Inevitable does not mean Okay: Respectability Politics, Erasure and Marriage Equality

Campaigns on both sides of the marriage equality debate have begun in earnest in recent weeks. On the No side, there are the predictable demonising of queer people, pleas to some kind of imaginary distinctiveness and special status of heterosexuality, and misguided calls to please protect the children. The actual children of same-sex couples are, of course, on the other side defending their parents and families from those who would seek to explicitly deny them. As, of course are people of all orientations and family situations telling their stories and asking for equal treatment.

So far, so good. The humanity of queer people- and the families and friends who love us- is what will win this referendum.

But marriage equality, far from being the universal arbiter of LGBTQ equality, is a single issue. And single issue questions breed single issue conversations. 

This is not always a bad thing. It feels inevitable that a narrowing of focus occurs when large groups of people are asked a particular question. And it’s definitely not a bad thing that an important LGBTQ issue is getting significant mainstream attention. 

A thing feeling inevitable doesn’t make it okay.

There are two negative impacts that this narrowing of focus has had. It’s meant that inconvenient facts get brushed under the carpet ‘for the time being’. Those queer people whose lives fit a respectable marriage narrative are showcased- and that is lovely. There are many wonderful queer couples who want to marry in this country. The narrative of queer couples falling in love and marrying is one that has never really hit the mainstream in this country until now. Much as those of us of a more radical persuasion would prefer marriage to not be a focus, there’s nothing about being born LGBT that leads to any particular political viewpoint. There are plenty of queer kids growing up who need to know that some kind of mainstream acceptance- fulfilling the same dreams as their peers, having the possibility of a future that doesn’t seem utterly alien- is possible. Continue reading “Inevitable does not mean Okay: Respectability Politics, Erasure and Marriage Equality”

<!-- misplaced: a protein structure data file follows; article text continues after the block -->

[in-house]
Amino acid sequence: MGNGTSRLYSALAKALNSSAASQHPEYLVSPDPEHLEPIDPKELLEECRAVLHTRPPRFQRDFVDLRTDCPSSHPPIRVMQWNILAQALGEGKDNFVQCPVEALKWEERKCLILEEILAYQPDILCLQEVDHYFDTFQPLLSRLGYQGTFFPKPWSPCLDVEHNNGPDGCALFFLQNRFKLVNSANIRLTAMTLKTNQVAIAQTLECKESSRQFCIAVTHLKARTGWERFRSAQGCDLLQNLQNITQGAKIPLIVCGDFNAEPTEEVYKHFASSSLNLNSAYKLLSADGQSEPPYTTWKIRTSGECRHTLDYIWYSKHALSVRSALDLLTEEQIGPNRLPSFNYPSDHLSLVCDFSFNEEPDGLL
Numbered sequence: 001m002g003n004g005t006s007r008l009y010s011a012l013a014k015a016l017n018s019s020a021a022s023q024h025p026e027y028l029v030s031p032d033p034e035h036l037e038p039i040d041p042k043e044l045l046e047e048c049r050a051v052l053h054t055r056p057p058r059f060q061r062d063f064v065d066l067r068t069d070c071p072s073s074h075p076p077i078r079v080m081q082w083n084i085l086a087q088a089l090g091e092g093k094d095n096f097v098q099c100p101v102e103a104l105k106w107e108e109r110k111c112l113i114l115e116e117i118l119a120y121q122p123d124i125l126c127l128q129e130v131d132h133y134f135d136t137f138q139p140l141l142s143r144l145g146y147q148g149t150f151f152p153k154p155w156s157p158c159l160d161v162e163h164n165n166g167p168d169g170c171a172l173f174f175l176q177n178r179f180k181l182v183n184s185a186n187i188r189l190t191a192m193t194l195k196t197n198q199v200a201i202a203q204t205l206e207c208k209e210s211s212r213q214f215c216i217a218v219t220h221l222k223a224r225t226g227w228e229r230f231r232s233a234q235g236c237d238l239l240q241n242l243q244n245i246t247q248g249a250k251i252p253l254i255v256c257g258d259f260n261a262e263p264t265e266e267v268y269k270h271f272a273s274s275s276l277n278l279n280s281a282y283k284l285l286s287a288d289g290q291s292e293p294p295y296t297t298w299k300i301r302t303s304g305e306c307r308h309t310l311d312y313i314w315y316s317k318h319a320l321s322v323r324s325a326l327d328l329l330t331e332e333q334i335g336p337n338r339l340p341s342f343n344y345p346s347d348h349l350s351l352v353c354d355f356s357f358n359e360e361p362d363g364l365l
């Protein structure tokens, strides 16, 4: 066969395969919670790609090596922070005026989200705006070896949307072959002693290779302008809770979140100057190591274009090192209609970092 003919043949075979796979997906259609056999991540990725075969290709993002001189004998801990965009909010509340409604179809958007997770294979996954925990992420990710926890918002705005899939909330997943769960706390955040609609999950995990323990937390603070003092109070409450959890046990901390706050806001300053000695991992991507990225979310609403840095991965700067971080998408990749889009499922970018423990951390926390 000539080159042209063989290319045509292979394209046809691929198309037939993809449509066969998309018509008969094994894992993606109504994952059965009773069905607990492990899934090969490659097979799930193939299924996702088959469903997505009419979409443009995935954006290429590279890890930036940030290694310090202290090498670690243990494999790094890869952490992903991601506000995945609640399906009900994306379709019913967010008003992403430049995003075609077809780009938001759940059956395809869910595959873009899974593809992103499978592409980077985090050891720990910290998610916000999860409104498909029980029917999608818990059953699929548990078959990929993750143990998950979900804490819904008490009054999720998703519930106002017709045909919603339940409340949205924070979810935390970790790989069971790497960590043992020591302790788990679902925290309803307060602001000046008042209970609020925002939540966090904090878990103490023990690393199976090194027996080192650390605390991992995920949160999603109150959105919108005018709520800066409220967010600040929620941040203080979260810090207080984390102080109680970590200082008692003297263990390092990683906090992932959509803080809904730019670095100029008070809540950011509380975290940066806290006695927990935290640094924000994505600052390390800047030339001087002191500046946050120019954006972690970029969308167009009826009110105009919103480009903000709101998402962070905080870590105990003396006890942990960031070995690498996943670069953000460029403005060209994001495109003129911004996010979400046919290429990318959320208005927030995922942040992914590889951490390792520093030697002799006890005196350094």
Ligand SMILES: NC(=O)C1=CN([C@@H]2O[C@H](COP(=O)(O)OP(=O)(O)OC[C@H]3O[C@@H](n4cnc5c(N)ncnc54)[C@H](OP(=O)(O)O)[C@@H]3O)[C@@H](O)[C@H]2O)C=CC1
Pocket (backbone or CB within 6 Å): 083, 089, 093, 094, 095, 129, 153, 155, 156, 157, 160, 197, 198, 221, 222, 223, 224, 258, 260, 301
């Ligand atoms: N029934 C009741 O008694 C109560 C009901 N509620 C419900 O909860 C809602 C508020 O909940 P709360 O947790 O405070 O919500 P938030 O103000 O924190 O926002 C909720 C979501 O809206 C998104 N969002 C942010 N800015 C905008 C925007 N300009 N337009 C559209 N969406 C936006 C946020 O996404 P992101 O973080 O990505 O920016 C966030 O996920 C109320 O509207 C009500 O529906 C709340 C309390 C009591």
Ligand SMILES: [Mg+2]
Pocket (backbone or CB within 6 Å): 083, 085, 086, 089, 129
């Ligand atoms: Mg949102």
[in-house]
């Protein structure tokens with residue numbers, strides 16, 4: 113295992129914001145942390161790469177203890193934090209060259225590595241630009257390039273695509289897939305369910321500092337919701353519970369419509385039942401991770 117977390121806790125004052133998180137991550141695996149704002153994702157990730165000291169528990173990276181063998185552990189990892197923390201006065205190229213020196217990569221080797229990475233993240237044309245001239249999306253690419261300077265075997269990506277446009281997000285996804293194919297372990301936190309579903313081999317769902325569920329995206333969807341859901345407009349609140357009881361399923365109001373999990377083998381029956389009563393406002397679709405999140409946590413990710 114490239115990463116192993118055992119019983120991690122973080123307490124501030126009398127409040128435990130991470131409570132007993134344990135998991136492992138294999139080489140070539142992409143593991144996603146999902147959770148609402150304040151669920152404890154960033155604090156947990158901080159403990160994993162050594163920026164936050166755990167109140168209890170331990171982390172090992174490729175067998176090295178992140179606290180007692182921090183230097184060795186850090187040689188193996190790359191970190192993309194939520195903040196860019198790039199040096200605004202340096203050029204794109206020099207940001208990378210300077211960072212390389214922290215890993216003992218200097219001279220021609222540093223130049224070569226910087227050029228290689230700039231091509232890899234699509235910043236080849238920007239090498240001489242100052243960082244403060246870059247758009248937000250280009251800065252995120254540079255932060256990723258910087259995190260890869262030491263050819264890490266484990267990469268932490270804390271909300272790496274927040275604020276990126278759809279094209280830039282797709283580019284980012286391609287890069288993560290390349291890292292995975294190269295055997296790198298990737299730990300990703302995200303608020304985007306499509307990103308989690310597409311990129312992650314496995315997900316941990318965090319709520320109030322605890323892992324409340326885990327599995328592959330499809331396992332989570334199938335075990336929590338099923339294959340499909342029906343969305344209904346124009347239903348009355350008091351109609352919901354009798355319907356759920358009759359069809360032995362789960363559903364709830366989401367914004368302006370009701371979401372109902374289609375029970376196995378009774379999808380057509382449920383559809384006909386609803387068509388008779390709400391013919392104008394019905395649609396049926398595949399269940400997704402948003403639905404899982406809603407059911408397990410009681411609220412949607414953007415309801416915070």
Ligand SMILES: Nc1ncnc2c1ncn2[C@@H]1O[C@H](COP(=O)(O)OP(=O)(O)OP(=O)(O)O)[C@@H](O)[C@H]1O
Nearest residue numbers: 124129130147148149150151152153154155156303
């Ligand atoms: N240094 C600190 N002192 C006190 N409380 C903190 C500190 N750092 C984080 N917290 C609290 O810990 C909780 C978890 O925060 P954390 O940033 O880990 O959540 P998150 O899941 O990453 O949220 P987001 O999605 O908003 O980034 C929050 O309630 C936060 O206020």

Inevitable does not mean Okay: Respectability Politics, Erasure and Marriage Equality

Arguing for Marriage Equality: Engagement over Debate

I love a good argument as much as the next person. There’s something glorious about a perfectly placed point and the delicious combination of wit and incontrovertible evidence that feels so damn satisfying. Watch your opponents crumble before your logic. High five with your friends. Or, if it’s a friend you’re arguing with, high five anyway and make them buy you a beer for the privilege. Good times.

That said, I can’t remember the last time I argued someone- particularly a someone who I didn’t have a preexisting connection with- into agreeing with me. Most of the time being argued with just gets your back up, makes you feel attacked and digs you even more firmly into the position you already held- particularly if the position is one that you had an emotional attachment to. And, in fairness, if you didn’t feel attached to your position it’s not likely that you’d have bothered arguing it in the first place, is it?